The headlines are stark and accusatory. “ACOs’ health IT capabilities remain rudimentary.” “ACOs held back by poor interoperability.” But a recent 19-page survey released by the eHealth Initiative tells two stories about Accountable Care Organizations–and I find the story about interoperability less compelling than another one that focuses on patient empowerment.
Certainly, ACOs’ hunger for data is axiomatic. They need to share huge amounts of data internally both to maximize their own resource usage and to treat the whole patient. They need health information exchange (HIE) with outside institutions so they can incorporate insights from them when patients choose to go outside for care. They need population health measures, clinical decision support, and more.
An example of data deprivation can be found in a Government Accountability Office report that tried to figure out why most of the health providers hand-picked by CMS to demonstrate the benefits of accountable care failed to achieve the measly 2% cost improvement set as their goal–even though they produced sterling results on most measurements of improved health care.
The GAO concluded that the problem was lack of data–specifically, feedback on the results of their efforts. CMS possessed the claims data that could be used to generate that feedback, but the data was not exploited. On the CMS side, they took up to two years to crunch the numbers in order to produce actionable feedback. On the provider side, they lacked the tools to do the analysis themselves.
The trade press has routinely released similarly dismal stories about failures to produce high-quality data, to exchange it, and to run analytics. The ACOs were thrown into a data-poor environment characterized by electronic health records loaded with low-quality data (often in unstructured text) and immature standards for health information exchange.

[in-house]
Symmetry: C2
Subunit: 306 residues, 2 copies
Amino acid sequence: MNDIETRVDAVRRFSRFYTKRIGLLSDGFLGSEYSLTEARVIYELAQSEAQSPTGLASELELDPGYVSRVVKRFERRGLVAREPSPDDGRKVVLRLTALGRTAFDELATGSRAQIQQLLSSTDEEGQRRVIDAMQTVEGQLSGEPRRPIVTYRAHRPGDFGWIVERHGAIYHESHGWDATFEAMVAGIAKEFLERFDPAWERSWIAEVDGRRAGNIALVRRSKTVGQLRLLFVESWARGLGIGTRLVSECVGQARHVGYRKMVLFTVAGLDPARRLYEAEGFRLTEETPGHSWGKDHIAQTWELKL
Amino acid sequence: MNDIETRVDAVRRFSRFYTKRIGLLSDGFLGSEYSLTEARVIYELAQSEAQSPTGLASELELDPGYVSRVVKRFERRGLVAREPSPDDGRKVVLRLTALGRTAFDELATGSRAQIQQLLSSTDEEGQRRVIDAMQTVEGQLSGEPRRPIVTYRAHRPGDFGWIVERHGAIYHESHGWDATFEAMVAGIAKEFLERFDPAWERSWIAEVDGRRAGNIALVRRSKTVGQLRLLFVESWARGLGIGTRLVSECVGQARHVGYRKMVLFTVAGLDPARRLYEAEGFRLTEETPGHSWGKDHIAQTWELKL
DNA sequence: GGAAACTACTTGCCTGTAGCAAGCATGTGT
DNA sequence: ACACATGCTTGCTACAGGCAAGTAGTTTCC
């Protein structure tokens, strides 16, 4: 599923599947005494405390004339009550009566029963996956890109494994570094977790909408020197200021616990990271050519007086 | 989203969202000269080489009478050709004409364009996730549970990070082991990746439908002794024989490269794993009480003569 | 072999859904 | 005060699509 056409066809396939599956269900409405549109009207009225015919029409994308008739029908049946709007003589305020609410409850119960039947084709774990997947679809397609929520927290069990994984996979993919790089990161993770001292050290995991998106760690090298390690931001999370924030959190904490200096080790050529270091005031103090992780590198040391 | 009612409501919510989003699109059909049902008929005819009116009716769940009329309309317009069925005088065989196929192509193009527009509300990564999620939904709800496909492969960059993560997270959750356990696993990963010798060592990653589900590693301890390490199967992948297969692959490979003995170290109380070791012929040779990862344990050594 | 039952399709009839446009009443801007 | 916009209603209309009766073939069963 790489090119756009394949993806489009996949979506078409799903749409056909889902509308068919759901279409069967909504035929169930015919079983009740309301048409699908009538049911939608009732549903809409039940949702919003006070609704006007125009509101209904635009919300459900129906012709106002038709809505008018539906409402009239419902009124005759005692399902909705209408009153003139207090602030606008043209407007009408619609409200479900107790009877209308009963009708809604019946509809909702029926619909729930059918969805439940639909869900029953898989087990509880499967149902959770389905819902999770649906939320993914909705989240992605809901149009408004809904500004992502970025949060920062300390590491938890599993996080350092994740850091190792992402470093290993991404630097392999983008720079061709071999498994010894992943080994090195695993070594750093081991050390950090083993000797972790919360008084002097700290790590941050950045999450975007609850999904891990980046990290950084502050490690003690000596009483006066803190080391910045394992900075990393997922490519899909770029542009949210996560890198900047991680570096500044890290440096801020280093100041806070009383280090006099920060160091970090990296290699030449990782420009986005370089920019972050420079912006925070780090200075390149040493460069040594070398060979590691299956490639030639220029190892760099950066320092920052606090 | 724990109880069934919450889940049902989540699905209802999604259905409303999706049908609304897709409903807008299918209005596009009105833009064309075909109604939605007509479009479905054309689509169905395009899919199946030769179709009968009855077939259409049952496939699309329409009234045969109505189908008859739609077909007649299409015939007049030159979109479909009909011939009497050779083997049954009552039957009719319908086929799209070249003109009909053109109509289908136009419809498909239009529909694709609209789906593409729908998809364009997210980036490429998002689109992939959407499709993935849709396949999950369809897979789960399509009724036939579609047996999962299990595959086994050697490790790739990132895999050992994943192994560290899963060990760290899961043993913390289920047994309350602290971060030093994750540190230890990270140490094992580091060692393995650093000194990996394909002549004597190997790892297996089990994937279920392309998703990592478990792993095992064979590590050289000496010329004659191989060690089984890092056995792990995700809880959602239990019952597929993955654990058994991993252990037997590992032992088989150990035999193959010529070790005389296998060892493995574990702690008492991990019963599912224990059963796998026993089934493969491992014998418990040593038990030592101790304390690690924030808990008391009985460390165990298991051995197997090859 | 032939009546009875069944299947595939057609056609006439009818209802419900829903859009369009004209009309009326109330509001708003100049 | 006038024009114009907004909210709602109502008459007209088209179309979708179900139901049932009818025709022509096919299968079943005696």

Amazing, then, that a number of advances were reported by the eHealth Initiative report. But the failures dominate. Most notably, “patient safety, cost containment, efficiency, and patient satisfaction” did not improve among the majority of ACOs (p. 15).
This was the other major finding of the eHealth Initiative survey, and one I saw no headlines about. Perhaps the health IT field likes to obsess over data, but I expect that clinicians would give up a lot of population health statistics and other numbers for a closer relationship with the patient. Yet ACOs are not taking advantage of opportunities to involve patients in their own health.
The range of modern tools for empowerment is wide. A shame they are so narrowly deployed. “Few ACOs to date report patient-facing tools that could increase access to care, such as self-service scheduling (33%), phone-based telemedicine (28%) or video-based telemedicine (24%). ACOs are even less likely to offer patients self-management tools such as remote monitoring devices (26%), untethered personal health record (17%), or smartphone apps (15%). (p. 11)
A video connection with a clinician or an app to encourage exercise will probably produce health improvement faster than analytics–although I am a firm believer in analytics as well. Given that ACOs are having trouble finding good tools for data, why don’t they start by turning to everyday tools such as smartphones and using these things to strengthen their impact on patients?
There are risks in patient empowerment as well. The efficacy of most apps has not been proven. Engagement with patients requires more staff time, and this means hiring staff with the right training (and salaries lower than an MD gets).
Patient empowerment and data also intersect, mostly in the area of patient-generated data. But it doesn’t hurt for ACOs to take it slowly, using low-tech means to pick low-hanging fruit and make health a 24/7 concern for the people under their charge. At the same time, they can work over a longer term to add data collection and analysis to their toolbox.